Experimental breast cancer treatment allows Florida woman to return to normal life

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"We can spare thousands and thousands of women from getting toxic treatment that really wouldn't benefit them", said Dr Ingrid A Mayer, from Vanderbilt University Medical Center, an author of the study.

Results from a major study could change the lives of tens of thousands of women with breast cancer.

The majority of women with early stage breast cancer who are treated with chemotherapy do not need it, according to a major global study. Most women in this situation don't need treatment beyond surgery and hormone therapy, he said. Some study leaders consult for breast cancer drugmakers or for the company that makes the gene test. A high recurrence score, above 25, means chemo is necessary to ward off a recurrence while a low score, below 10, means it is not.

These were divided into groups that will receive chemotherapy followed by hormonal therapy or hormonal therapy alone.

Arnie Purushotham, a senior clinical adviser to Cancer Research UK who was not involved in the study, welcomed the TAILORx results as an important step toward making cancer treatment less harsh for patients.

After enrolling for new trial in 2015, doctors in the USA adopted an experimental approach combining two different forms of immunotherapy after conventional hormone treatments and chemotherapy failed.

For women 50 or younger, chemotherapy is unwarranted for those with an Oncotype score under 16 - about 40 percent of breast cancers in this age group, the researchers said.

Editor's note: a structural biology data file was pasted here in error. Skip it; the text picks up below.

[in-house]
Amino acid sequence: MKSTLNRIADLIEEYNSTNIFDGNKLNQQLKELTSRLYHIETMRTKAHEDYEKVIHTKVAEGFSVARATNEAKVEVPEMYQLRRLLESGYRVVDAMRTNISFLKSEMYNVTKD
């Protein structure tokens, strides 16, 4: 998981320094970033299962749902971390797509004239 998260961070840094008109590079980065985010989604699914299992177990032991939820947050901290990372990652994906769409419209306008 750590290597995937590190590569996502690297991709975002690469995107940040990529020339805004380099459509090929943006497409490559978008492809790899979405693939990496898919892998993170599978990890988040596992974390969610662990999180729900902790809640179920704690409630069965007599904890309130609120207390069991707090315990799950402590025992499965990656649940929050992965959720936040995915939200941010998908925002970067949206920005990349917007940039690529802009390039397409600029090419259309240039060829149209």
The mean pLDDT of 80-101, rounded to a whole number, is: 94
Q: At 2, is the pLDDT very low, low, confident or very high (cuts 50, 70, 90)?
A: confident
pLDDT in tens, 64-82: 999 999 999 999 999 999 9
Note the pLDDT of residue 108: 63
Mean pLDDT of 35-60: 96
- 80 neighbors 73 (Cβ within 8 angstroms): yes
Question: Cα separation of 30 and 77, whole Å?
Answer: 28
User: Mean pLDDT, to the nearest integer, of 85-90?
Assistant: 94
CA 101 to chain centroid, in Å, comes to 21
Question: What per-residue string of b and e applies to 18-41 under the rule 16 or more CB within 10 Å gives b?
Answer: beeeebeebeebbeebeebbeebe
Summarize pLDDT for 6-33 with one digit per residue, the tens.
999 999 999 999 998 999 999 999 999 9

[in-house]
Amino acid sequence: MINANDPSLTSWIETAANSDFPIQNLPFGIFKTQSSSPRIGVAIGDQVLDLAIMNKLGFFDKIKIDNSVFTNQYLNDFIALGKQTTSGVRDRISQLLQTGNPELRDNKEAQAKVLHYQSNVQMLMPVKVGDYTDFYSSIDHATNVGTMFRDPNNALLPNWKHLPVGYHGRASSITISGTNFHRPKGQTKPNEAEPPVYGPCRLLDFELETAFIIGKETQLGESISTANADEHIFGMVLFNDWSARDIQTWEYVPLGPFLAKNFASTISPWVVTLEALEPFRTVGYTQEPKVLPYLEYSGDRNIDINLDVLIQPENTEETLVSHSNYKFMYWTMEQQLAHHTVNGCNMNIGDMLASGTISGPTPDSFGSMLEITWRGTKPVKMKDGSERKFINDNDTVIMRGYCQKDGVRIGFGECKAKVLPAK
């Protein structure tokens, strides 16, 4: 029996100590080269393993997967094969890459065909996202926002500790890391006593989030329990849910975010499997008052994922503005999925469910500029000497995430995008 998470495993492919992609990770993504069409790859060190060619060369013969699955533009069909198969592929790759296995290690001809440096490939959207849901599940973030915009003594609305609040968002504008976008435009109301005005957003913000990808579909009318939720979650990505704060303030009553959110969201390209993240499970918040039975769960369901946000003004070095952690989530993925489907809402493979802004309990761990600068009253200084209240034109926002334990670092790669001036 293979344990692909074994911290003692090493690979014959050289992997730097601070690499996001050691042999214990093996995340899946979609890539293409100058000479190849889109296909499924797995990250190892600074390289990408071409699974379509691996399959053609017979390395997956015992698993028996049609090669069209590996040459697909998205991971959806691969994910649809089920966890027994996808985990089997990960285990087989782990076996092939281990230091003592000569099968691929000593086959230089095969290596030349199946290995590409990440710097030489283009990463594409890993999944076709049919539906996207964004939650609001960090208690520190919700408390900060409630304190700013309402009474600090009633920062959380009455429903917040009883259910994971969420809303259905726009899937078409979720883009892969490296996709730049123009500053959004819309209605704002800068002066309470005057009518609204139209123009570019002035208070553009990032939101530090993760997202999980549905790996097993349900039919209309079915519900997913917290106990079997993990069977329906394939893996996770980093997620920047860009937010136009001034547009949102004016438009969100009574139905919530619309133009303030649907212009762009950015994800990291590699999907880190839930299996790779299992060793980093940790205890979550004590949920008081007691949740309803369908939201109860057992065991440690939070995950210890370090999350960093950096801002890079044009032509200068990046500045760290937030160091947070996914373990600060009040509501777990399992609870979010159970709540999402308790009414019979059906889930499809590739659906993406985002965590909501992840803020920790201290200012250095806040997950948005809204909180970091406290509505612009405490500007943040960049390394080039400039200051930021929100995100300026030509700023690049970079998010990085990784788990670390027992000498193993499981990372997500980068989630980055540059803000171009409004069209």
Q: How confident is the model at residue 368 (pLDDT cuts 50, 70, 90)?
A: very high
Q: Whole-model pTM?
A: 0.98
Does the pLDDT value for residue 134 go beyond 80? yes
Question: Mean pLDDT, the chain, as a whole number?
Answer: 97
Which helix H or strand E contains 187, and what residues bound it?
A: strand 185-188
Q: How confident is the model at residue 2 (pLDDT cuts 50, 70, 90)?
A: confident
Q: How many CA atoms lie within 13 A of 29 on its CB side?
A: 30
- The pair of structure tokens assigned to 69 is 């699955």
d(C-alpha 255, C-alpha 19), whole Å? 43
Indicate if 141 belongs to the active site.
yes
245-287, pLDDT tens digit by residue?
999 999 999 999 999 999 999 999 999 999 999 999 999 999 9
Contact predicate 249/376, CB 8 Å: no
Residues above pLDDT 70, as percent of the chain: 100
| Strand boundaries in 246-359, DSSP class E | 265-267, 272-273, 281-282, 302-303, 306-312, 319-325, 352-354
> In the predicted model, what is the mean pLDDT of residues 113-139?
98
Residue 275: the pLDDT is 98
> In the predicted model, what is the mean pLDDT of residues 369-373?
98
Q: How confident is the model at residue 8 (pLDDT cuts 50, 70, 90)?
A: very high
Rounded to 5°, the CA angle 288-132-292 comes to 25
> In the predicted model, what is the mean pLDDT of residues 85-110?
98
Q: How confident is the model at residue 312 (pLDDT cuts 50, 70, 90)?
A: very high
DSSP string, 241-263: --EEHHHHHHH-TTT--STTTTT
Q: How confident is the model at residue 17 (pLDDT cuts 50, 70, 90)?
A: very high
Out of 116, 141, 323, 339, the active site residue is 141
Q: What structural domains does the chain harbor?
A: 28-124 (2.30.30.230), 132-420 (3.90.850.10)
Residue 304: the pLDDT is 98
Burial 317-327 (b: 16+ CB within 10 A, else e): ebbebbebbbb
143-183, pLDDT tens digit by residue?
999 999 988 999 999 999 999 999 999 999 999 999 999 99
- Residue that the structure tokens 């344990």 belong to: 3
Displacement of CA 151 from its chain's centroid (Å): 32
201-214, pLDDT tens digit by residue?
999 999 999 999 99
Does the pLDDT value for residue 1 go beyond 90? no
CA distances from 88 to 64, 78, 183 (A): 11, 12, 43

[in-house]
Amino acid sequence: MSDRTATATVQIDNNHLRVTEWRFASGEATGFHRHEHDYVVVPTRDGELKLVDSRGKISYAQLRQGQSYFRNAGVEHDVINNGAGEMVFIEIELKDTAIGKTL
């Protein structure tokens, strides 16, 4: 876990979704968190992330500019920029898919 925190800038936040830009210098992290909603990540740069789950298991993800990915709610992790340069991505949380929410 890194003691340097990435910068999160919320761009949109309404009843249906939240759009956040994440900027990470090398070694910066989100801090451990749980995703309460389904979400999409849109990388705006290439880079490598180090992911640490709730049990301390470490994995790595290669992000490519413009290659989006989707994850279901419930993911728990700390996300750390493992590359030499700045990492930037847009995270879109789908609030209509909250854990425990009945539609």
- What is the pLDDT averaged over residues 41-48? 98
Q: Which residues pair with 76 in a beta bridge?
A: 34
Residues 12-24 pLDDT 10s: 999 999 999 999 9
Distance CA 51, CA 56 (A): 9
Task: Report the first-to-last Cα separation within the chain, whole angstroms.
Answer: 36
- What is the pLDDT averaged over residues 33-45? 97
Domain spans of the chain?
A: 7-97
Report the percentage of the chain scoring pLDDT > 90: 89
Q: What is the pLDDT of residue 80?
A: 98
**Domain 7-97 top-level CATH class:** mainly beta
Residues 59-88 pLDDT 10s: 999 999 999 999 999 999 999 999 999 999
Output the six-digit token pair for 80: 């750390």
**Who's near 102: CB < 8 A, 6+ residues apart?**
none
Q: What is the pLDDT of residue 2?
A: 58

'Now with these genomic tests, we are finding that we have multiple types of breast cancer, perhaps several dozen and we are being able to tailor our therapies to the type of breast cancer every woman has, ' Brawley added.

In a very different type of immunotherapy called CAR-T therapy, a patient's T-cells, the warriors of the immune system, are removed, and then genetically re-engineered in a lab to better recognize the patient's own cancer.

A new class of patients could soon be treated for breast cancer, no chemotherapy required.

Women with a score above 25 generally are given chemotherapy.

That could affect up to 70,000 women a year in the United States of America and thousands more around the world, the study said.

According to the TAILORx researchers, 260,000 women who are diagnosed with breast cancer each year around the world fall into the medium-risk category that wouldn't benefit from chemotherapy.

Previous research has shown that women with a low Oncotype Dx recurrence score (less than 10) are likely to respond to hormone therapy alone, whereas those with a score above 26 benefit from having a combination of chemotherapy and hormone therapy.

The outcome was extraordinary, leading to "complete durable regression" of the rapidly spreading cancer that was growing in the patient's liver.

Jacoub told Healthline it's the women with mid-range scores of between 11 and 25 that have provided oncologists with tough decisions.

Litton, the MD Anderson oncologist, said doctors need to consider each case on its own merits and cautioned against ruling out chemo too quickly.

Dr. Jennifer Litton at MD Anderson Cancer Center in Houston, agreed, but said: "Risk to one person is not the same thing as risk to another". It was uncertain whether the benefits of chemotherapy were enough to justify the risks and toxicity.

"I have definitely hit the jackpot", said Judy Perkins. By finding, isolating and multiplying the tiny subset of immune cells that are still in the fight, then demonstrating their ability to vanquish a patient's tumors, Rosenberg's group has shown that "the cells are there", Mackall said. There is still a long way to go, he said, but it's an approach that isn't specific to a certain cancer type, meaning it could evolve into an effective therapy for many forms of the disease, he said.

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